Meet the Dinomakers

Museums Vintage Dinosaur Art

Teylers Museum of Haarlem, the Netherlands, has been featured on the blog before, when Marc gave the place his warm-hearted recommendation. In this age, when so many museums in this country want to be full-on sensory experiences and as a result start to look more and more like theme parks, because heaven forbid the kids should get bored, Teylers increasingly seems like the last museum standing. Even now, the Teylers is a most agreeably old-fashined collection of quietly beautiful halls, crammed display cabinets and long-winded signage that seems to exist out of time, stubbornly resistant to trends. It doesn’t just stick to natural history either; there’s classic artwork and historical scientific instruments as well. This is where art, science and history all meet.

No better place, then, for an exhibition on palaeoart. On January 31 Teylers opened the new “Dinomakers” exhibition. It’s fantastic to see a museum in my home country devote their time, space and energy to our favourite subject, so despite promises of crowds I had to check it out on the very day. I’m happy to say, the exhibition exceeded all my expectations.

Source: Teylers Museum

The keen-eyed have no doubt recognized the hand of one Mark P Witton on the poster, and indeed he was involved with the exhibition, wich has some of his works on display.

Main entrance with De La Beche’s Duria Antiquor (1830), considered the first fully realized piece of palaeoart

The exhibition room isn’t overly large, but it tells the story of palaeoart in a satisfyingly complete way. It goes from the discovery of the first mosasaurs, via Victorian times, the Bone Wars and the Dinosaur Rennaissance, to the current age. Not only are some of the biggest names in palaoart history featured, there’s also some lovely obscure work to discover.

Benjamin Waterhouse Hawkins’ Iguanodon

The beloved Crystal Palace Dinosaurs are present and accounted for. Not only do we get to see some original Victorian-era Hawkins prints, we can also admire a small bronze Iguanodon replica from the master himself. It’s great to see the general public come around to Hawkins’ work as more than just a quaint holdover from a bygone age, but as skilled palaeoart in its own right.

Sketch for the painting below

Joseph Kuwasseg, Iguanodon, 1850’s

And here’s some lesser-known stuff. These works are from the Urwelt-cycle by Austrian landscape artist Joseph Kuwasseg, a contemporary of Hawkins. Interestingly, his Iguanodons seem to be more in line with Gideon Mantell’s reptillian vision of the great beast than Richard Owen’s rhino-like interpretation. Joseph Kuwasseg is proving rather difficult to Google, not least because he had a more famous brother called Karl Joseph Kuwasseg. I couldn’t make this stuff up.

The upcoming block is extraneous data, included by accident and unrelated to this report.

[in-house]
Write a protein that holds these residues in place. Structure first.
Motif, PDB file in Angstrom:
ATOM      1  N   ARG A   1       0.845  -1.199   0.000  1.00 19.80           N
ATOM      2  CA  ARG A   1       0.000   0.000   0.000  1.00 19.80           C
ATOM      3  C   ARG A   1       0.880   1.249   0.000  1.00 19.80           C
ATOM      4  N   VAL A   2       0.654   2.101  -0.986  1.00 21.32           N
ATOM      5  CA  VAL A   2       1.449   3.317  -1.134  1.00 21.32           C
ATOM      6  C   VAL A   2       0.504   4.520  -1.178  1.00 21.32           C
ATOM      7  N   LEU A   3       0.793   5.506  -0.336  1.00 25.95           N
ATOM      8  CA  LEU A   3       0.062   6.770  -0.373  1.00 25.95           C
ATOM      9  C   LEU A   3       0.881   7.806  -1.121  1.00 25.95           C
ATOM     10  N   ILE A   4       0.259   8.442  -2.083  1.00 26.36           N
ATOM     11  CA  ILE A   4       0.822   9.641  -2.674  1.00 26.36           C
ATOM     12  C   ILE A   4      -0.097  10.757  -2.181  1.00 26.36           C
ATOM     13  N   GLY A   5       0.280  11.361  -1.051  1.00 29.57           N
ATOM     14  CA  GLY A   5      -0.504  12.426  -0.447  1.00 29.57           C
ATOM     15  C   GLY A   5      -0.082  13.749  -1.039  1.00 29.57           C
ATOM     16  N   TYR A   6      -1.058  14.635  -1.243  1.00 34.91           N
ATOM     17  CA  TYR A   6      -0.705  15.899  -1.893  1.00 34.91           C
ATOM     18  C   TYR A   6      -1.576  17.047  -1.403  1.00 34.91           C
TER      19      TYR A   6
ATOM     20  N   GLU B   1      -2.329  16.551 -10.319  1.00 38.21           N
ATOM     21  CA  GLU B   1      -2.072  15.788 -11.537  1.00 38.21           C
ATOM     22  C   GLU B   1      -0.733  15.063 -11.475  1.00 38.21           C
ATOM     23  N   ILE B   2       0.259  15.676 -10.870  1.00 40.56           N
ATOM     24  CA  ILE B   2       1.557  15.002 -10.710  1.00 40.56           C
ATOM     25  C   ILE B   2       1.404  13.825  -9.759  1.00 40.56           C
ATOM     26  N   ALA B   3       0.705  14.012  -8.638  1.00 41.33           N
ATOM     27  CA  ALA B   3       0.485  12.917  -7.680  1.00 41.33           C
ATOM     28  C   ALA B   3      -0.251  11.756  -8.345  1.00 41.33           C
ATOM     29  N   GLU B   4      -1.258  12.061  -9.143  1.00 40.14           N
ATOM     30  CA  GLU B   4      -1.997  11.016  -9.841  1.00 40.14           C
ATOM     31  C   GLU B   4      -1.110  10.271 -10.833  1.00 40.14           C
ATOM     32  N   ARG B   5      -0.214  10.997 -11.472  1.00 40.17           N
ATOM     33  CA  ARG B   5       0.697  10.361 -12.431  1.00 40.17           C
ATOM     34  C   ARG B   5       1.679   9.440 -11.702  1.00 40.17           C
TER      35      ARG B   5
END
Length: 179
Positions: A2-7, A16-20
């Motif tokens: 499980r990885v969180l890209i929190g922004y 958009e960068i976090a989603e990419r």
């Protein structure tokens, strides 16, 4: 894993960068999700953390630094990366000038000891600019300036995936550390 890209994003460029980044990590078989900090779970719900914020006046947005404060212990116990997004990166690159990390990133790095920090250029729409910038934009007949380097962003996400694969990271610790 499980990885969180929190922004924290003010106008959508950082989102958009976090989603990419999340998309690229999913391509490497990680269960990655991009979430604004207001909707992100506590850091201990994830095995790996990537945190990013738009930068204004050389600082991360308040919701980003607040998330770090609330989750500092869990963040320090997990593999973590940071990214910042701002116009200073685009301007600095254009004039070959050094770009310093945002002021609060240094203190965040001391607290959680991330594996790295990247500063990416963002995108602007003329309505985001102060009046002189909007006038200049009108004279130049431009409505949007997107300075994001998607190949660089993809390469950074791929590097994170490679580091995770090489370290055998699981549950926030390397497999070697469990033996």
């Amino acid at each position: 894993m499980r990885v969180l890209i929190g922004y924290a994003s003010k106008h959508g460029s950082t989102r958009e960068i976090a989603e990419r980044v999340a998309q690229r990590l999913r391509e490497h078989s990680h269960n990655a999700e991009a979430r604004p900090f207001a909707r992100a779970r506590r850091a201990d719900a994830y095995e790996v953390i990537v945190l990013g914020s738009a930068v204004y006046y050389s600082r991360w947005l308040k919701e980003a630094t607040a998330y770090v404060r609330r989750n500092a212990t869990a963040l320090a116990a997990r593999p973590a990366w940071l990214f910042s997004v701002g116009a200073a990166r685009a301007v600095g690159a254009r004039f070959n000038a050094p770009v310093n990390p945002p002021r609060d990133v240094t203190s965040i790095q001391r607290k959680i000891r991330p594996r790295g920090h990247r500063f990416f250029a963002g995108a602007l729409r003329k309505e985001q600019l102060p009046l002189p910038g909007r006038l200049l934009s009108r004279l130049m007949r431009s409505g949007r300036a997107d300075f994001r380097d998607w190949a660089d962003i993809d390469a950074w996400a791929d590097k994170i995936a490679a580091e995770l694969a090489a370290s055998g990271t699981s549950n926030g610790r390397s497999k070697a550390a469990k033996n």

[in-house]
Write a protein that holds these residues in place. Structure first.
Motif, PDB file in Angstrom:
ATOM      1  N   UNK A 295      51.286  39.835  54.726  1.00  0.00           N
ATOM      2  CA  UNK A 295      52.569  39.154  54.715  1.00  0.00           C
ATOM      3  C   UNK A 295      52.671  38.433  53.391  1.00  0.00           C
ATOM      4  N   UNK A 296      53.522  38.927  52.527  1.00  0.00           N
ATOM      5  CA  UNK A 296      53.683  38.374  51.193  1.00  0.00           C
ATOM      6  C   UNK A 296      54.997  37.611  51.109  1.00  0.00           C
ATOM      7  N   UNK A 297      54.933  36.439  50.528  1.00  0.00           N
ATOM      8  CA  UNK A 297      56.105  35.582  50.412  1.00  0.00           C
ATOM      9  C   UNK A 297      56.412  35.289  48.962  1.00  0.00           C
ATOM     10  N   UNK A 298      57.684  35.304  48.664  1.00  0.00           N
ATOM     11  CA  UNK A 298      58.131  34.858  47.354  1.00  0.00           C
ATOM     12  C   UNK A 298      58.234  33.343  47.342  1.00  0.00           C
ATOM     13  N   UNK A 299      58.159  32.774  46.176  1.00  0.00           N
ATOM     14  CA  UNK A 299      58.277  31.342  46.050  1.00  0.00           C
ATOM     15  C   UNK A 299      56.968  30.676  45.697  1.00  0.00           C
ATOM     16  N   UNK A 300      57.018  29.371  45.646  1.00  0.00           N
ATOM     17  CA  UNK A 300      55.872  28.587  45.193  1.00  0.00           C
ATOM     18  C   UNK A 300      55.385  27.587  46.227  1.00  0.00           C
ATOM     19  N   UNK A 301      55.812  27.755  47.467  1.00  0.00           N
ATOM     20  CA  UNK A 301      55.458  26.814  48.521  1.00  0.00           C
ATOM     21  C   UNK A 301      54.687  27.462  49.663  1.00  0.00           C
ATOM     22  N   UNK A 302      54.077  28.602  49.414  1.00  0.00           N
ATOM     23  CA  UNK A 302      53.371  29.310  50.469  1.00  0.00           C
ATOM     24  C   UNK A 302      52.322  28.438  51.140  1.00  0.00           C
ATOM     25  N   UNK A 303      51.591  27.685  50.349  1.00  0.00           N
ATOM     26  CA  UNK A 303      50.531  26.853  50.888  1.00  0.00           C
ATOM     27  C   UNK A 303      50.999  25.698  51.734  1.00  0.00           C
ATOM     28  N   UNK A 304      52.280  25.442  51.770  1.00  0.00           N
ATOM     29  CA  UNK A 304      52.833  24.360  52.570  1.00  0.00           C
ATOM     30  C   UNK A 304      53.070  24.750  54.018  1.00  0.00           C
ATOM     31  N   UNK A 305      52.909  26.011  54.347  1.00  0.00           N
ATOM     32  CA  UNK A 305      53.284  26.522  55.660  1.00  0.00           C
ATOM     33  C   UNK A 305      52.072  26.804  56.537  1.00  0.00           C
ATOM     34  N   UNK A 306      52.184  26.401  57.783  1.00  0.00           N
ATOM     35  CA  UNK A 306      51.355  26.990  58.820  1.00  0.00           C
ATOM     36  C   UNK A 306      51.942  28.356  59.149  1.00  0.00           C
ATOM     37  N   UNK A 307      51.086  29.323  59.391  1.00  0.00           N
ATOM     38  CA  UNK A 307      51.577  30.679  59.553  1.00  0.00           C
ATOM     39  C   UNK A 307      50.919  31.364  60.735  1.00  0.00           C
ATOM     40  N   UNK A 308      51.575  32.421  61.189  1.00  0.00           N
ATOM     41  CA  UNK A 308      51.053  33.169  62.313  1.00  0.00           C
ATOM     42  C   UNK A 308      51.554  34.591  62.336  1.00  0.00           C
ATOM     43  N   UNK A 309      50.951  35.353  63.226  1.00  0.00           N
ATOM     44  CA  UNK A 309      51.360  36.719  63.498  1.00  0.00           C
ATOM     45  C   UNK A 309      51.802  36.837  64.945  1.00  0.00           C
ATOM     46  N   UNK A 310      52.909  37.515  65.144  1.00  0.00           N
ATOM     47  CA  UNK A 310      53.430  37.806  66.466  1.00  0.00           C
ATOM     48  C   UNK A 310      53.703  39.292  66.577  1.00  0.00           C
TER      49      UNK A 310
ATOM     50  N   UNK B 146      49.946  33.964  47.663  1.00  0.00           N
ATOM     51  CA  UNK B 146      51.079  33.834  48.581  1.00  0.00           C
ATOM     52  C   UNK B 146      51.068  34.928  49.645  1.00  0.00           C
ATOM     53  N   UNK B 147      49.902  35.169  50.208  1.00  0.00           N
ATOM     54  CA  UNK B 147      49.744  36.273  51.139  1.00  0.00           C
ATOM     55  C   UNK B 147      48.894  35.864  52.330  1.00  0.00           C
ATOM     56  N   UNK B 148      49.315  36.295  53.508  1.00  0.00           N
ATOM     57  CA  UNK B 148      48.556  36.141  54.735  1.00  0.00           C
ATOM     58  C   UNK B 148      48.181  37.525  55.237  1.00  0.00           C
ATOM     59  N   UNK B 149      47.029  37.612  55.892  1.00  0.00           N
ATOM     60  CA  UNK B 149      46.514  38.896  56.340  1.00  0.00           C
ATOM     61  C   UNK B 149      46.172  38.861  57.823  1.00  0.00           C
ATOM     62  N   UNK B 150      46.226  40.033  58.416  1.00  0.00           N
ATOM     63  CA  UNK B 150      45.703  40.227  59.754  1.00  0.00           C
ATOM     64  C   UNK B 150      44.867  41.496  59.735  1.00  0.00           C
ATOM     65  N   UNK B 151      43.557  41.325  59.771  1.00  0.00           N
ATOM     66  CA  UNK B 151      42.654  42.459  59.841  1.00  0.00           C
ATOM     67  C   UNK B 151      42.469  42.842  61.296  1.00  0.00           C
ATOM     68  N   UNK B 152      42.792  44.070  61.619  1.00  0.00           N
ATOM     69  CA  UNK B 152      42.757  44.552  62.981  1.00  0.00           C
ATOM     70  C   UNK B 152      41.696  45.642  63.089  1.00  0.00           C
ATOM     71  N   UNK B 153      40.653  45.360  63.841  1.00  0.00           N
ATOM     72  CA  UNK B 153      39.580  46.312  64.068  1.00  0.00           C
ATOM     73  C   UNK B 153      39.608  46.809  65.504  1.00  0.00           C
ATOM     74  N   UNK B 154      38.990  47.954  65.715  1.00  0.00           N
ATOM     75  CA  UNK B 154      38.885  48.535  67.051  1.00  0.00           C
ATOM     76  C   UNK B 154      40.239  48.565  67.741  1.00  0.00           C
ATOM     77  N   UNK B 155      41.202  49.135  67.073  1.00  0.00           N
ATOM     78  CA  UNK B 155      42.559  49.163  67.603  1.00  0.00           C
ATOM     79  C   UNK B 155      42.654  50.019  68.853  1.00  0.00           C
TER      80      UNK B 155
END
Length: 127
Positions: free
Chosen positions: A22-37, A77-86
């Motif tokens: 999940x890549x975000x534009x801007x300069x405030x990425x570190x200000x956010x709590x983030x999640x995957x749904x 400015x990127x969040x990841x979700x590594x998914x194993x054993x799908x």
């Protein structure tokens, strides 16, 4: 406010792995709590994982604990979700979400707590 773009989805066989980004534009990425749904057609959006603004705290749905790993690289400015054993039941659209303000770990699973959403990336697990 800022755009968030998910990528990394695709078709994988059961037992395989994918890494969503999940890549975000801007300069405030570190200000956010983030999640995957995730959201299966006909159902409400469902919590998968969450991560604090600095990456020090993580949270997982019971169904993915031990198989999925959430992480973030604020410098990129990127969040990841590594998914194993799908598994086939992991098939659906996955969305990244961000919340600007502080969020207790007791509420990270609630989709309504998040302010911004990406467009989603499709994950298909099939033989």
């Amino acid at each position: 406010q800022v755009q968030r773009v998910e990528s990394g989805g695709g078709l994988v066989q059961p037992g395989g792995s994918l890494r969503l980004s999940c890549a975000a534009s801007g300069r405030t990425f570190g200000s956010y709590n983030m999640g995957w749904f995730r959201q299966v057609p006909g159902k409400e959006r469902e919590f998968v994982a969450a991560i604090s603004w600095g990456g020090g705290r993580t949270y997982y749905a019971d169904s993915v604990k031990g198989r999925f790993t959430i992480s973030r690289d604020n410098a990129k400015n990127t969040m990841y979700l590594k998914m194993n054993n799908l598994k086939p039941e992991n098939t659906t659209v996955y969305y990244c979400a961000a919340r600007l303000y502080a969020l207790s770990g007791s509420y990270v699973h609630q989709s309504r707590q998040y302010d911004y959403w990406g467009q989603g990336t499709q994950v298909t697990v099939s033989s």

Legends: Charles Knight and Sue

No greatest hits of palaeoart collection is complete without Knight – and no dinosaur collection is complete without at least one nod to Sexy Rexy. A display of Knight’s iconic T. rex versus Triceratops piece is accompanied by a skull cast of Sue (but… read the comments). Another Knight piece on display is an Edaphosaurus sculpt; I didn’t know the man also worked in 3D!

Aart Walen’s Stegosaurus in front of Rudolph Zallinger’s Age of Reptiles

A life-sized detail of Rudolph Zallinger’s famous mural at the Yale Peabody museum is accompanied by a life-sized Stegosaurus, made by Aart Walen. Walen also made the tail-dragging Stegosaurus at Naturalis, which I was a bit down on. This one, from the collection of the Natura Docet museum, holds up a lot better.

Zdeněk Burian. A lonesome Iguanodon walks a road of bones.

The unsung cult hero of palaeoart, Zdeněk Burian, is heavily featured, with a dozen original paintings on loan from the Moravian Museum of Brno. Having been an admirer of his works for so long, seeing some of them in person was a wonderful and somewhat surreal experience. The signage emphasizes the occasional harshness of Burian’s work as a reflection of the brutal times of war he lived through.

Maria Hubrecht, Jurassic scene with sauropods and stegosaurs